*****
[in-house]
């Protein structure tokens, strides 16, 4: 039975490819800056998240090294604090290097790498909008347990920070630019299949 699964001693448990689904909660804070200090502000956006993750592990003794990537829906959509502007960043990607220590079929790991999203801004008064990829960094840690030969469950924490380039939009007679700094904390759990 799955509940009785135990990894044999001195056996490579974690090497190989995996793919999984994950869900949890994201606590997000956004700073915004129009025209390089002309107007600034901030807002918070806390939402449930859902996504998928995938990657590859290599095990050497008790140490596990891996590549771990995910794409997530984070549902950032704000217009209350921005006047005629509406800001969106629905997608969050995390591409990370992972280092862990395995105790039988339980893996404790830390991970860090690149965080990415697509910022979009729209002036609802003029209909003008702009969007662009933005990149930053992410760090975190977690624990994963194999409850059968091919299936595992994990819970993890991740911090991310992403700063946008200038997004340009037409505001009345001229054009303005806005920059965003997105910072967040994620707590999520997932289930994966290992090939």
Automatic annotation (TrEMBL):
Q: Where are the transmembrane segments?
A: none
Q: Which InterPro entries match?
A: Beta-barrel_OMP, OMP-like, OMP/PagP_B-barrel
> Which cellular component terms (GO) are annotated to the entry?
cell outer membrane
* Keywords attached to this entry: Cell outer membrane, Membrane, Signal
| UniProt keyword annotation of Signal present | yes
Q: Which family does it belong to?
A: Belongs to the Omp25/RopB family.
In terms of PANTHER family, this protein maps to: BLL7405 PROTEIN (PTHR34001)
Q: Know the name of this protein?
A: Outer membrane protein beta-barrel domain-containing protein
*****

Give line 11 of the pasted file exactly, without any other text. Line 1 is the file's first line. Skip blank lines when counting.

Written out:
| UniProt keyword annotation of Signal present | yes